I’m new to OSM and have some general questions. First off I see there is a browser based editor for editing the map data; Can I grab an extract of the data, host it myself and edit only my copy? The first thing I see when I look at the different editing tools is that I need an account. Do I need an account if I’m not submitting changes, but instead hosting my own customized version of the data? We are planning to build our own tile server and serve this data from there.
Second, we are mostly concerned with boundary information for jurisdictions in the US; counties, cities, states, etc. We need to turn these cities and states on/off and change them different colors to show that status of our data in these jurisdictions. All the examples I have seen use geojson data to overlay on top of the map. The problem with this approach for us is that we want fairly high resolution of our boundaries and we want to display city, county and state data in one map - loading in all of these points defeats the purpose of using a tile driven map system if we have to load in a few MB of points to overlay on a map.
We have the capacity to host our own tile server, so my thought we would grab the base data we need from OSM and then customize it to meet our needs. We would then have our own copy that serves our purposes, but probably not other peoples. We would of course give the appropriate credit to OSM.
Also I’m wondering if we can display a choropleth type map using an image based tile server… Or is the base imagery so static that you can go changing the imagery that much per request - thus the need for the geojson data and overlays.
Lastly, the geojson data approach would be workable if our geojson data was also served from a tile server; loading it all into the page just isn’t going to work. What’s the best approach for serving geojson data with a tile server?
Any feedback is greatly appreciated. Just getting my feet wet so I still have a lot to learn. thanks in advance.
I’ve gone over most of the materials. I think I have a pretty good idea about how open street map, tile servers and slippy maps work. But there are still a few major points that I don’t get so I think maybe the best thing to do is ask one question at a time. I’ll start off with a very general question.
We have 500 maps that we need to display. currently all the data needed is written out to shapefiles and we use MN mapserver to render the maps;
// So your aim here is to display a kind of base map rendered from OSM data, and then display some special data on top?
that is the big question… The goal is to be able to turn each jurisdiction(city, county, state) one of three colors based on the completeness of the data we have for that jurisdiction(our own internal logic). If we do it with overlays then yes we would have a base map and render the status over the map using geojson data for instance. We are investigating a vector tile server to deliver the overlay information as clipped vector data.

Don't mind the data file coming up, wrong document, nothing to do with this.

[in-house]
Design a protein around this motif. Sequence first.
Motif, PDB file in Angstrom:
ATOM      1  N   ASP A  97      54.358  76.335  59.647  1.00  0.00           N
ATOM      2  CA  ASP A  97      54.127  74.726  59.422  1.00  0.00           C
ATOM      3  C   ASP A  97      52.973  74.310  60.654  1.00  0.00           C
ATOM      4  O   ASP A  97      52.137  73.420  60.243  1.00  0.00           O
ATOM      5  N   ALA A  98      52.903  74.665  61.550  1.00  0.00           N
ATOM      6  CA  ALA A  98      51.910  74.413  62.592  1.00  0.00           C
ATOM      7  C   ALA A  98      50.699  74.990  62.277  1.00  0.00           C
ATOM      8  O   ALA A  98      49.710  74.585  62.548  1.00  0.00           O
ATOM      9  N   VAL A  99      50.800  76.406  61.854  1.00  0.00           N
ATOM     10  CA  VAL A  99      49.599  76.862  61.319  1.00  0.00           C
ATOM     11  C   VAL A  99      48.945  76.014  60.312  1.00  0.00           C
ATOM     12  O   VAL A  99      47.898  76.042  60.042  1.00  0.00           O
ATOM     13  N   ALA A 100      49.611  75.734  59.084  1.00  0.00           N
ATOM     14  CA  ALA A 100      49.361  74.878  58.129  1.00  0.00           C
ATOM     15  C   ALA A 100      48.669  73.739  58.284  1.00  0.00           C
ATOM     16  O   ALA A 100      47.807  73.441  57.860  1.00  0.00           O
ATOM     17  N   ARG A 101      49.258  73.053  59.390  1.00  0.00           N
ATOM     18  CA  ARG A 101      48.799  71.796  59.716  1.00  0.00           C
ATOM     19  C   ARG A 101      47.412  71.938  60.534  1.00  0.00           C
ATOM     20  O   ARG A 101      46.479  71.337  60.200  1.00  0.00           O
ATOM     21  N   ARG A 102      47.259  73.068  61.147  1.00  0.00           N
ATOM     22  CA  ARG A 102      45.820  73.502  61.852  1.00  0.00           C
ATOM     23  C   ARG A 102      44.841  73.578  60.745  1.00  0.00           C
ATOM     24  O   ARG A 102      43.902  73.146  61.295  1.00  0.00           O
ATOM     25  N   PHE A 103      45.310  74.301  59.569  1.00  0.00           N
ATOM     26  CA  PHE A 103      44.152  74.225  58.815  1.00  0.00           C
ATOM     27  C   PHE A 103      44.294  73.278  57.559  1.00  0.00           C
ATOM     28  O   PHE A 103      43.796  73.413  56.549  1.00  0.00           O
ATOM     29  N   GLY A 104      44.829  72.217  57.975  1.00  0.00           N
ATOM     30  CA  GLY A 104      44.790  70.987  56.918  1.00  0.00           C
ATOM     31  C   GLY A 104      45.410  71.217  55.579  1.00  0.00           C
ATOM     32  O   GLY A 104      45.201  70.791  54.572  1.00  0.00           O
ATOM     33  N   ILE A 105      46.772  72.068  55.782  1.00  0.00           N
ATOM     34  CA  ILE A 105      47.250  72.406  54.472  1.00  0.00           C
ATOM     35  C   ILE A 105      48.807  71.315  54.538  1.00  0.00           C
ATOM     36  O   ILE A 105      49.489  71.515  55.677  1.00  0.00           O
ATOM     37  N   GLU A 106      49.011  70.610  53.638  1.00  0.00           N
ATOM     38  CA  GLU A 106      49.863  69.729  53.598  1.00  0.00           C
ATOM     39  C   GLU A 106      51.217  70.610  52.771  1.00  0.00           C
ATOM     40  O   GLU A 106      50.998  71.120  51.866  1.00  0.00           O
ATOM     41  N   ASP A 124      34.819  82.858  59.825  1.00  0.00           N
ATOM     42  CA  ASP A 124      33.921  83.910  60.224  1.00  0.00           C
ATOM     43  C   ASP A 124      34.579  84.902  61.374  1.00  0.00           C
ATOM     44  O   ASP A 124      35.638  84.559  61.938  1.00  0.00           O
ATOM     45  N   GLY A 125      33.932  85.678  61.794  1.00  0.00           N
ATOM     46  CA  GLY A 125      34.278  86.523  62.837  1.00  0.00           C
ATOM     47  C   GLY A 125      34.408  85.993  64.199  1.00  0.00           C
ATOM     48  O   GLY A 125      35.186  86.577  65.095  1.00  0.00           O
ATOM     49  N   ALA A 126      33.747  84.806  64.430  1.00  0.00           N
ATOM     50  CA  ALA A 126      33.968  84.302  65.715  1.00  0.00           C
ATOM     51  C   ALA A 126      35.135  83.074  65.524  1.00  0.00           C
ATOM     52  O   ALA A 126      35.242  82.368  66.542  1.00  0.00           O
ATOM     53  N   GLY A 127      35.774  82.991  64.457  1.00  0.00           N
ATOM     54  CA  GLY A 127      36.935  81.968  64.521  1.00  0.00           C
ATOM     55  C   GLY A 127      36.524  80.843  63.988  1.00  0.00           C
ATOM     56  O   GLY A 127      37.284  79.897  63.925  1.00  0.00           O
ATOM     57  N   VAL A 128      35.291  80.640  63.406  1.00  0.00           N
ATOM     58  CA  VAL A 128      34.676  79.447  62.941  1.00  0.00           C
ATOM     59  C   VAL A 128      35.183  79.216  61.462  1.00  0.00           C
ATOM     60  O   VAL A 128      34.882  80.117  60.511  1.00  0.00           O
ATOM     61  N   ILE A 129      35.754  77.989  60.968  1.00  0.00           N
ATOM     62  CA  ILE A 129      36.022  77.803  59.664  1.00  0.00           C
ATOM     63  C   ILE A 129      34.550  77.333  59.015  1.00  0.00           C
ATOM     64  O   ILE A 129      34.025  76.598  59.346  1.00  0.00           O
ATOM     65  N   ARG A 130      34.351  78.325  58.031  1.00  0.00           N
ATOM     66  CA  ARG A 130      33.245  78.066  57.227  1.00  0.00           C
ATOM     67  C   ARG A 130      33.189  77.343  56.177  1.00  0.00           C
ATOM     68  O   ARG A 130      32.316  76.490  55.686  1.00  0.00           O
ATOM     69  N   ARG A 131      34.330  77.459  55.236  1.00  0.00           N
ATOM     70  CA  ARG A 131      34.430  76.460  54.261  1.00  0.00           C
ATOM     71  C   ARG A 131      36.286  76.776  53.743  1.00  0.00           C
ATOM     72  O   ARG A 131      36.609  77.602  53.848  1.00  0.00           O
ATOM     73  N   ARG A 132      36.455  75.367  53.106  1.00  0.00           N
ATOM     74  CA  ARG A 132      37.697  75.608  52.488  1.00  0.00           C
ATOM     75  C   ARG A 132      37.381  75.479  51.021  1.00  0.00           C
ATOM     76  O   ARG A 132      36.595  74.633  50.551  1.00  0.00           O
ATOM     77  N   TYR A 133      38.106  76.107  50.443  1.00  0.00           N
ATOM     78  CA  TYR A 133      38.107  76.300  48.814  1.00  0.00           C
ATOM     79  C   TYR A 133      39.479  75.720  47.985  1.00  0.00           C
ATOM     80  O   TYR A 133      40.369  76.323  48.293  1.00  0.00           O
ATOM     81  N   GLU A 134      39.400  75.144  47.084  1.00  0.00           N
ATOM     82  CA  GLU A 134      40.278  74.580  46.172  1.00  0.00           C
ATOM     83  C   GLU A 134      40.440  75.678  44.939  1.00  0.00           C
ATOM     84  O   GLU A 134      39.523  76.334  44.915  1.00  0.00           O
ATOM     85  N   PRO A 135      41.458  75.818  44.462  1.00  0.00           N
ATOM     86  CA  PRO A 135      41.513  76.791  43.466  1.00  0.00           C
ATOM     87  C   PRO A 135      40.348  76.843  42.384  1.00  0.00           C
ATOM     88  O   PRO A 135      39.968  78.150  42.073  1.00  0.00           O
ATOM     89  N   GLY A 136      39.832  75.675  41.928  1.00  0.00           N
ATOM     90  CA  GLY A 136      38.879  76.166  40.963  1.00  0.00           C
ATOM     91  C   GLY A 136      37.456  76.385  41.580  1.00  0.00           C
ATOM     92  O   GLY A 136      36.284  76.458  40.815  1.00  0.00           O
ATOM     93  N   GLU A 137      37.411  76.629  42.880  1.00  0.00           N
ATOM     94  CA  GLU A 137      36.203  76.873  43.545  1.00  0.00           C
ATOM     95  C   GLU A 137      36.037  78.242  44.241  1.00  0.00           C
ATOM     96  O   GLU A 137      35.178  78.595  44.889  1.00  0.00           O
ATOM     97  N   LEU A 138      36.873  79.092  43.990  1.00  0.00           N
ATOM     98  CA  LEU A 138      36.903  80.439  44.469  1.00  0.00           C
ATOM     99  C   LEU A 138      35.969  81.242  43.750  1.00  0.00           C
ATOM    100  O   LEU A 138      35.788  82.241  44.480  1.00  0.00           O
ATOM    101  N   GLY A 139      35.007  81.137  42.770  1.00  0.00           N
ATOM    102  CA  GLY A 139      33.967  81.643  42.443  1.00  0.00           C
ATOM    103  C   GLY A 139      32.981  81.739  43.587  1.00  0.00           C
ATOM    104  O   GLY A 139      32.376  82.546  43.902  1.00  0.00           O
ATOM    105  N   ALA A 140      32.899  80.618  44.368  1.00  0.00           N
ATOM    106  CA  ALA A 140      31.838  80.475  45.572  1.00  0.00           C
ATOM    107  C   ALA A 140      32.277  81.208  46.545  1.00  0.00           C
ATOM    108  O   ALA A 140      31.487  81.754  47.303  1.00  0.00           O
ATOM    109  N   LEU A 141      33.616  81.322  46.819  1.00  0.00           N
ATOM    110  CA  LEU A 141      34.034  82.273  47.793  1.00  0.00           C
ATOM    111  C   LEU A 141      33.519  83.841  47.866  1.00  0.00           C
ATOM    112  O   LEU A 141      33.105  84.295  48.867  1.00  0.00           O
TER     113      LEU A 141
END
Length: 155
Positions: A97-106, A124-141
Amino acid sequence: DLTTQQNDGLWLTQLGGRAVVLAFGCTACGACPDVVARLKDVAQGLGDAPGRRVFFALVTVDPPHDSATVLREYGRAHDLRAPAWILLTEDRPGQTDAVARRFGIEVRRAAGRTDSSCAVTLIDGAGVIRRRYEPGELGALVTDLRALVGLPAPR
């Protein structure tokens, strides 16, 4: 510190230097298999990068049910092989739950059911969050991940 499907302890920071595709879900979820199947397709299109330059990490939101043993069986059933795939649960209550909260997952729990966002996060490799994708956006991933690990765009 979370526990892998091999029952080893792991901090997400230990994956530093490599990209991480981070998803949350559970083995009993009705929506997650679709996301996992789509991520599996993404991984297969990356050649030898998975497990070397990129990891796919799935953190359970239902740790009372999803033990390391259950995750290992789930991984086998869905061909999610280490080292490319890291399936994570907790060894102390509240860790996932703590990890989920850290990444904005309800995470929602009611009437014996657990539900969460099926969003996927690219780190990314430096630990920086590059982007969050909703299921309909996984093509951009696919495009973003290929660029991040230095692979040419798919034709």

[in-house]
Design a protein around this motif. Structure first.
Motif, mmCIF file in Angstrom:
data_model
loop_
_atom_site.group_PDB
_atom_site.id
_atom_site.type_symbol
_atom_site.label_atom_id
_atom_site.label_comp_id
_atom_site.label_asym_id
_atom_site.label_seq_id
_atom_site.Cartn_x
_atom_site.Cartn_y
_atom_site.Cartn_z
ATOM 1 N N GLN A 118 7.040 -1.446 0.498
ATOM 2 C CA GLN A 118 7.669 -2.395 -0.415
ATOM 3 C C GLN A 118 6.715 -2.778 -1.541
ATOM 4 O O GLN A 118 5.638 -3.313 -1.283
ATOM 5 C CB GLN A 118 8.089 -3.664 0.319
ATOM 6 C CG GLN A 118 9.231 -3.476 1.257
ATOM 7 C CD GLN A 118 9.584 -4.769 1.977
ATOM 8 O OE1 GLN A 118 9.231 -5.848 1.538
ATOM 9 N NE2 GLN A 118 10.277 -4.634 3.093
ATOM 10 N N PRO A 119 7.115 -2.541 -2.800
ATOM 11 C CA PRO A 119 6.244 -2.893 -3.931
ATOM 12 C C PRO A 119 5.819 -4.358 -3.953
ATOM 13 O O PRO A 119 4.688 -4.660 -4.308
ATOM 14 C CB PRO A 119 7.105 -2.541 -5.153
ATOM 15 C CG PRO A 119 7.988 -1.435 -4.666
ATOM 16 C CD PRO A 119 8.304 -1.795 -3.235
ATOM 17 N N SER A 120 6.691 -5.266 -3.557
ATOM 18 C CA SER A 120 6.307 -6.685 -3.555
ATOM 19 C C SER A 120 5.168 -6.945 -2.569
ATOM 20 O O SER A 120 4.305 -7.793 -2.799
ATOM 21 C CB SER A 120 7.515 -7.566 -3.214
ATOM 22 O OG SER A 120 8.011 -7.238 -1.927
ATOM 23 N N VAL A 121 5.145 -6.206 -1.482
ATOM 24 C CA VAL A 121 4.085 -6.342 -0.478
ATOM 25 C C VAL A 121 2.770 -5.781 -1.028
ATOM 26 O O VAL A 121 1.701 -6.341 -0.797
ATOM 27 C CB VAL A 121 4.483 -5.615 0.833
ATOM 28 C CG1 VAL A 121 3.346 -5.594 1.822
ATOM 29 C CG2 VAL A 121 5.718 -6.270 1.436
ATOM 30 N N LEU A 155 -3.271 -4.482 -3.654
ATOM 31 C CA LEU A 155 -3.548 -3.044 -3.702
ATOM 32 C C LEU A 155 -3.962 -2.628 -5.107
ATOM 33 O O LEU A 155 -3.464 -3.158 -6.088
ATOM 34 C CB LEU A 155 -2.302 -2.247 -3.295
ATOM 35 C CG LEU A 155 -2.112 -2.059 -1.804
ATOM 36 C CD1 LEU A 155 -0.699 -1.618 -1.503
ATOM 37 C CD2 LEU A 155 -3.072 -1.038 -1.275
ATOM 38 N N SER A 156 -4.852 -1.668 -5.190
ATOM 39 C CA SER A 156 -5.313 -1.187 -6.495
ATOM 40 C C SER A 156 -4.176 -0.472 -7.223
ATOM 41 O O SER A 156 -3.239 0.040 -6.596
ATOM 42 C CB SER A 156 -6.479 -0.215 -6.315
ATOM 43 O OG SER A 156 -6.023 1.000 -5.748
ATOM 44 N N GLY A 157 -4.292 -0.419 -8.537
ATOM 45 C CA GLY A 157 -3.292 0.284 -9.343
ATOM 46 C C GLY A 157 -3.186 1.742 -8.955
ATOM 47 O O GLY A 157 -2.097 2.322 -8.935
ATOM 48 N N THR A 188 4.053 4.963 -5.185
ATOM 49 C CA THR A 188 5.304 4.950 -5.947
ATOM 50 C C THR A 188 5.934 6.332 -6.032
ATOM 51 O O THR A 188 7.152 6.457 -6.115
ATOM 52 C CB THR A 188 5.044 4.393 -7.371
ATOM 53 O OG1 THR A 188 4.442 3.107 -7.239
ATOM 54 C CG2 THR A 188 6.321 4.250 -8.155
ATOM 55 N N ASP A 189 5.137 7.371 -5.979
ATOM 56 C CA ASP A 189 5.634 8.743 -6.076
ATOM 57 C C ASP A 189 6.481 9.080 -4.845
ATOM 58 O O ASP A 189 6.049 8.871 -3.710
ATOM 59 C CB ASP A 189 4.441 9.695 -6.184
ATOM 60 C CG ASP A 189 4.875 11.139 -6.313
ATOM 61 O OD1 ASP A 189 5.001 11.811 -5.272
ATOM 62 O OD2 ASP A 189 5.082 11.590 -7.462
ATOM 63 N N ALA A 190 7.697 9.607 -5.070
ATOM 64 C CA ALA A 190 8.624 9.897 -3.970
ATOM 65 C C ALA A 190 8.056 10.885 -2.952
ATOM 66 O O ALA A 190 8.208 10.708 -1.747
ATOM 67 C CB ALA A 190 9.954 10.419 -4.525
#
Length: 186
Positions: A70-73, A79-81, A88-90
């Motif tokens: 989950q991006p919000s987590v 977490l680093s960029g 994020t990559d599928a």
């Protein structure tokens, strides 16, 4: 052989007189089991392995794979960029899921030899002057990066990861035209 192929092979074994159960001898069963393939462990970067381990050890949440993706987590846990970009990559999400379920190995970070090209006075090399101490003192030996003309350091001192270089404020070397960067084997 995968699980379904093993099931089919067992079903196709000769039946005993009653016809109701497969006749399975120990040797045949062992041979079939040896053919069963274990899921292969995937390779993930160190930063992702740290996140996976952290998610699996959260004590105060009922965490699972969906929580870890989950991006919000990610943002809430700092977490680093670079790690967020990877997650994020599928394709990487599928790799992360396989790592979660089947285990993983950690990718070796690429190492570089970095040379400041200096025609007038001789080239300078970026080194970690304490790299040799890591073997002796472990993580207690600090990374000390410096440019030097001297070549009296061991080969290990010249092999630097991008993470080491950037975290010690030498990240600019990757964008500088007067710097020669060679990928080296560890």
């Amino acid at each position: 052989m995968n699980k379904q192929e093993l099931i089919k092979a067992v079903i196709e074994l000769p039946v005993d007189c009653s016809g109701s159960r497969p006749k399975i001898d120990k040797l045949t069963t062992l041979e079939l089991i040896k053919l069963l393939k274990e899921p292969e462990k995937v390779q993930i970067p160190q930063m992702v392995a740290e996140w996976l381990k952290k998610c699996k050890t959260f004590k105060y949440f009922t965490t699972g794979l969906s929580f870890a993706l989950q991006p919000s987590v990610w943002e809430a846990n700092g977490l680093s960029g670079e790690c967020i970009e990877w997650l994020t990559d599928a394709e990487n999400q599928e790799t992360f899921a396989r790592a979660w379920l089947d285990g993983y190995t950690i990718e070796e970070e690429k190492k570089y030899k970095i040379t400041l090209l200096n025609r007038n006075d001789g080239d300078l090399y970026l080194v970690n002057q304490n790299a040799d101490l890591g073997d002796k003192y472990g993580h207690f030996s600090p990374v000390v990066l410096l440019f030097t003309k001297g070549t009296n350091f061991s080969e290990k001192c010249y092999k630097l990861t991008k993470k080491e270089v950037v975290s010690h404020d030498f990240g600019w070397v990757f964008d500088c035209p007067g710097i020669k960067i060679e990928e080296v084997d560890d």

Being new to OSM and tile servers in general I’m still a little in the dark as to what our possibilities are(But I’m quickly coming up to speed!). Could we achieve what we need without overlays?
If we for instance grab the data we need from OSM and then render our own custom tiles could we do what we need considering that their are 500 different categories of data we need to represent, and therefore 500 different maps with the jurisdictions colored in differently for each map? And then we also wanted to give people the ability to turn jurisdictions on/off - so then triple or quadruple that number.
As my understanding becomes clearer I think I am seeing that the base map imagery is meant to be static to a certain degree. In other words 500 different map renderings are not realistic. Vector overlays seem to be where we are being steered. But we are overlaying every jurisdiction in the US over a map that already has every jurisdiction. and then speed becomes an issue. We would need our vector data to be tiled also so we can load in the vector overlays only for the area we are viewing and have it generalized for the zoom level.
But then I did a search for a city on google maps and they shaded in just that city. I wondered if they did that with a vector overlay or if a custom set of tile imagery had been rendered just for my search. So I dug down into their rendered map and found the imagery; the shading for the city was in the images;
Displaying the boundary of a certain area as a blue line is obviously easy … use the search boc on http://openstreetmap.org and enter a place name where you know from that it has an own boundary relation in the OSM data … it will be displayed. I am sure that you can adopt this feature for your purposes.
We can proceed here if you can give us a **concrete ** example:
What is your source data, and how do you want it to be displayed?
or try to consult one of the guys from commercial services that I mentioned in my first answer … maybe they have an initial idea how you can get started.